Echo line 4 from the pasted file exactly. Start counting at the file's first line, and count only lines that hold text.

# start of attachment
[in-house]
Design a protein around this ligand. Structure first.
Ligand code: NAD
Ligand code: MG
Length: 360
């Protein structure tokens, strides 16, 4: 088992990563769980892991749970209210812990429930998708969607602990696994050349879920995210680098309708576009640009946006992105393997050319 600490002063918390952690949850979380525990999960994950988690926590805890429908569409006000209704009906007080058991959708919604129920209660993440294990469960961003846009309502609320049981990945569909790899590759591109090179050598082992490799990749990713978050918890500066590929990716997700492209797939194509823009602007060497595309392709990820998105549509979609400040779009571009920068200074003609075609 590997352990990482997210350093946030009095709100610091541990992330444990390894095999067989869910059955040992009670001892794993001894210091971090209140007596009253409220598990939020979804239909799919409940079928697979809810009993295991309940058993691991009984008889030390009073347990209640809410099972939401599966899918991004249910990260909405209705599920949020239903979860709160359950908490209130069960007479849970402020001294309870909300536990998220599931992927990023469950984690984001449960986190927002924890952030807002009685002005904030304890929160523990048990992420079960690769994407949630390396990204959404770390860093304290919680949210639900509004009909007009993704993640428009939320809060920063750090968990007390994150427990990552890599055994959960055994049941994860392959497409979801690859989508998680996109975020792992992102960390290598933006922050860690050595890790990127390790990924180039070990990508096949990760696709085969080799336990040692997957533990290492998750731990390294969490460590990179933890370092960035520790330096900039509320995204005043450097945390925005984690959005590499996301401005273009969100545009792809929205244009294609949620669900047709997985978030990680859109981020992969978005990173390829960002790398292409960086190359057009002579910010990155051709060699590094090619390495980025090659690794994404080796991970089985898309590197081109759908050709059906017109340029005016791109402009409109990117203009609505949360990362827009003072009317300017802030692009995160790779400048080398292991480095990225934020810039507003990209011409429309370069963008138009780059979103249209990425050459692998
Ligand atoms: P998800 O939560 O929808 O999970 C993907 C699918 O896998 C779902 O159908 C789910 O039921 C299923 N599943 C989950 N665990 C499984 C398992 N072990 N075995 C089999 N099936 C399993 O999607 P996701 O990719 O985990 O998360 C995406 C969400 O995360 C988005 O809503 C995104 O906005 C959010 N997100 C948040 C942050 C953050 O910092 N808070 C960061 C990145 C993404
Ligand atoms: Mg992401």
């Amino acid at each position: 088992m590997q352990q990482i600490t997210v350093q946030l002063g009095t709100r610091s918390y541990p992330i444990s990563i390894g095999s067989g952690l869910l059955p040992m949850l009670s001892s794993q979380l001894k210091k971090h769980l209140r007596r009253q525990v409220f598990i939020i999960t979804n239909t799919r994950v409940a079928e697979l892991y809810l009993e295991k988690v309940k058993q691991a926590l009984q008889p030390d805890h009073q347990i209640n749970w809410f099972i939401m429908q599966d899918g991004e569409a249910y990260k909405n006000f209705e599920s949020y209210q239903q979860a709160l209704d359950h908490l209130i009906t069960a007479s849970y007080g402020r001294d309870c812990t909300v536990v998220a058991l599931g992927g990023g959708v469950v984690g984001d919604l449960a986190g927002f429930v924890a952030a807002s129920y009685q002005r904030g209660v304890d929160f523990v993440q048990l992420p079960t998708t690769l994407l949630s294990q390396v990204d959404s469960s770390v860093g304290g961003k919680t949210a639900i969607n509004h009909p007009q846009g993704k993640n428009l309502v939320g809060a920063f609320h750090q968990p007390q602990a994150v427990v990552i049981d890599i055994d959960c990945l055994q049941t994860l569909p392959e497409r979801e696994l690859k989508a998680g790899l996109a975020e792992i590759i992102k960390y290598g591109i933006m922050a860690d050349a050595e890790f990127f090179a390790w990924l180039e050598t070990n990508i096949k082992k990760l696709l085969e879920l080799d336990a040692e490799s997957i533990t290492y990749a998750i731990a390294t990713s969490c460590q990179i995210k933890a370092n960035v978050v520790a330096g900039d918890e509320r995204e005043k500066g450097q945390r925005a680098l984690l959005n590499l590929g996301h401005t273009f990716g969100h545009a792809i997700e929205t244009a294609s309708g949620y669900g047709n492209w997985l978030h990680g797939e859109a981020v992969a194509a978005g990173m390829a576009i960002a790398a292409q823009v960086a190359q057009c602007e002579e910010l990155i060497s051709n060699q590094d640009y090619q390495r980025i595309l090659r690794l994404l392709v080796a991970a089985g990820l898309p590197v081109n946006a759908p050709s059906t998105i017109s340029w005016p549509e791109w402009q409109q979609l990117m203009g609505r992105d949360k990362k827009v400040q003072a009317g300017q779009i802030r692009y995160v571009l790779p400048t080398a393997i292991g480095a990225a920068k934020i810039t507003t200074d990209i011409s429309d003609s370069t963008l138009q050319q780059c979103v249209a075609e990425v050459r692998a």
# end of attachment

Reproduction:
Ligand code: MG